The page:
Pricing therefore provides a compelling reason to go for Photos rather than Lightroom. But price, as they say, is not everything. What about functionality?

Well, I have to say that Lightroom and Photos are so similar it is untrue. You have to look quite hard to find something – anything – that one will do and not the other. Both have all the features most people are likely to use, like brightness, highlights, shadows, contrast, noise reduction, definition and so on.

In the paragraphs below I explain a few differences: Lightroom does star ratings, Photos does not. Lightroom can ‘dehaze’ and Photos cannot (although it can – and brilliantly – with an add-on). Photos is brilliant for geotagging and changing dates/times, Lightroom is awkward.

A screenshot of the Lightroom interface, which I like a lot. It is very clear, easy to use and neatly laid out.
The Photos interface is very similar and the tools are mostly the same.
Shown here are some of the tools available in Photos (left) and Lightroom (right). Very similar aren’t they?

Star ratings

The ability to give a photograph a 1 to 5-star rating may seem rather unimportant, and I am sure it will be for some users, but I have found it very useful indeed, especially when I want to quickly find my best images. Lightroom provides the opportunity to give a star rating to each photo. Photos provides only a ‘love’ option, which is rather like having only two stars – none or one. Over the years I have developed a system that intuitively works for me. Essentially a photograph will get only one star if it is a poor quality image, but I want to keep it in the library because it is the only image I have of that person, event or subject.

Most of my photos are three-star. These are good quality photographs with an interesting subject. Four stars are for very good photos and five, which is rare, are for excellent photographs both in terms of their photographic or artistic quality but also subject matter. That leaves two stars which I usually use for photos that are definitely worth keeping but which are not very good compared to other photographs taken at the same ‘shoot’.


There are one or two controls that are ‘sort of’ missing in Photos, the most important for me being ‘dehaze’. This works well in Lightroom but ironically there is an app which is integral to Photos that, more often than not, is actually better at dealing with haze than Lightroom: DxO OpticsPro for Photos. I cannot express just how good this app is – certainly a 5-star rating from me. The only problem is that, at the moment at least, it does not recognise the Apple ProRAW format ‘.dng ‘, whereas Lightroom does. How odd is that? Lightroom even has a choice of Apple RAW or Adobe RAW filters for DNG images.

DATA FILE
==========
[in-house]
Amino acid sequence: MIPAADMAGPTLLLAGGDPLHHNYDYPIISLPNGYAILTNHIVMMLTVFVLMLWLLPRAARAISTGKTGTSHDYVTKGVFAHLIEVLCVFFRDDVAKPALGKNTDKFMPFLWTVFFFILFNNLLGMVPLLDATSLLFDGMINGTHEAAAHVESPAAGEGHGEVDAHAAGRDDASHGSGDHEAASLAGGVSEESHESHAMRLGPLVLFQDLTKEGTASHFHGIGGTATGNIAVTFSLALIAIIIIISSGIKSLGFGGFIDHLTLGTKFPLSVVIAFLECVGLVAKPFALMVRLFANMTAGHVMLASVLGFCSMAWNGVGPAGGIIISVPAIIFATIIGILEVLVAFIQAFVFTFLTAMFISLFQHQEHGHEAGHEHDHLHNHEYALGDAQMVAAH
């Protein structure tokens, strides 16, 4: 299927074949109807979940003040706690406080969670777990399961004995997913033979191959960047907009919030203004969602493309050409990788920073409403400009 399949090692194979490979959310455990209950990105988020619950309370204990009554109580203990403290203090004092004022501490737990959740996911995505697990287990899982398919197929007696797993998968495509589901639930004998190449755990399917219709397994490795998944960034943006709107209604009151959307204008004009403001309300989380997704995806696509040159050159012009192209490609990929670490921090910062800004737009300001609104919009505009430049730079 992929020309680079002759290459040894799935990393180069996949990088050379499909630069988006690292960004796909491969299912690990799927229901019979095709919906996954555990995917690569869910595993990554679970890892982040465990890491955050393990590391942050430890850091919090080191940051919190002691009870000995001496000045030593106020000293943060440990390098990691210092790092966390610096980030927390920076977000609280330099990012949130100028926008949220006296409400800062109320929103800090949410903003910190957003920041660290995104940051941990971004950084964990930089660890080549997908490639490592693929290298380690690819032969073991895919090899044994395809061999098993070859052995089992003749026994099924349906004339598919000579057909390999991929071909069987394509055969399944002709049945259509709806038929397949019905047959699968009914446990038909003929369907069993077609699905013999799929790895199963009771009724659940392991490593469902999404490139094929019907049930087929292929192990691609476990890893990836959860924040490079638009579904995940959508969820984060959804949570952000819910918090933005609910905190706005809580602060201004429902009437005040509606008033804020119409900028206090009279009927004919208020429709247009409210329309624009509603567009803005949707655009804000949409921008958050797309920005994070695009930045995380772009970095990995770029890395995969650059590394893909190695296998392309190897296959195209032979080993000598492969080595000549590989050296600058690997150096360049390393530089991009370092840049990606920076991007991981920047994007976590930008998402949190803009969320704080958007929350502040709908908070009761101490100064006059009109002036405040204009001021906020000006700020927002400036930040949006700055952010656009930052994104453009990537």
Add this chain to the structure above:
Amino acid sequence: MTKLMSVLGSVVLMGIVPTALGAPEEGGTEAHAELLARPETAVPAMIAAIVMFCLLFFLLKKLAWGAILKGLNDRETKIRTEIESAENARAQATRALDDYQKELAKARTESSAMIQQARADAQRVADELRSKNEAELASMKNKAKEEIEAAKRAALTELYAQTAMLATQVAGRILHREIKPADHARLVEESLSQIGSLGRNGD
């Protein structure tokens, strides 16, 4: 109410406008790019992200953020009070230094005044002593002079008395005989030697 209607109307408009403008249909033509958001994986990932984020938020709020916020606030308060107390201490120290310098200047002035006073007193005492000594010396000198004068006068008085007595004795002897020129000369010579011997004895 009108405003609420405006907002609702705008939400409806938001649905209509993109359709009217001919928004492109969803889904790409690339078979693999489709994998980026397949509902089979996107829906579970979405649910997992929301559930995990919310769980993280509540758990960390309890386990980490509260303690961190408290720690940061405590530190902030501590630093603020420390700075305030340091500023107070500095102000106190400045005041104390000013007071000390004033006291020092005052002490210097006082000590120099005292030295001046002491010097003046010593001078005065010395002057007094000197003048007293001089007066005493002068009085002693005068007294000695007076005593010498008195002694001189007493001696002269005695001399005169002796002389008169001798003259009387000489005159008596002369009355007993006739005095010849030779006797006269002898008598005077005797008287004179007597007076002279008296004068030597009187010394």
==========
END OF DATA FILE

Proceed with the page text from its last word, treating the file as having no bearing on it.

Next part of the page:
I suspect that if DxO updates OpticsPro for Photos the balance would tilt away from Lightroom and towards Photos, and this alone might cause me to sacrifice star ratings and reluctantly give up Lightroom. We shall see.

This is the DxO Pro for Photos add-on that is truly excellent and incredibly easy to use. This alone is one big reason to choose Photos.

This image is a screenshot of the toolbar in DxO Optics Pro for Photos, which I can recommend very highly for anyone using Photos.

It works with most images but really comes into its own with RAW, although at present it does not work with Apple ProRAW, which is odd considering it is a Photos add-on.

Without you having to do anything at all Optics Pro applies optical corrections based on your camera. You then have the option of changing the white balance, which I rarely need to do.

Smart lighting works very well and is pretty much applied instantly.

Noise removal is brilliant and I always set this to ‘Prime’. This tool radically improves images taken at high ASA. For example, my Sony camera tends to prefer 6400 ASA for low-ish lighting, such as the images I took at night in Las Vegas and on a hazy day overlooking Furnace Creek in Death Valley. Lightroom cannot even touch this tool, unless you are highly skilled and have a lot of time.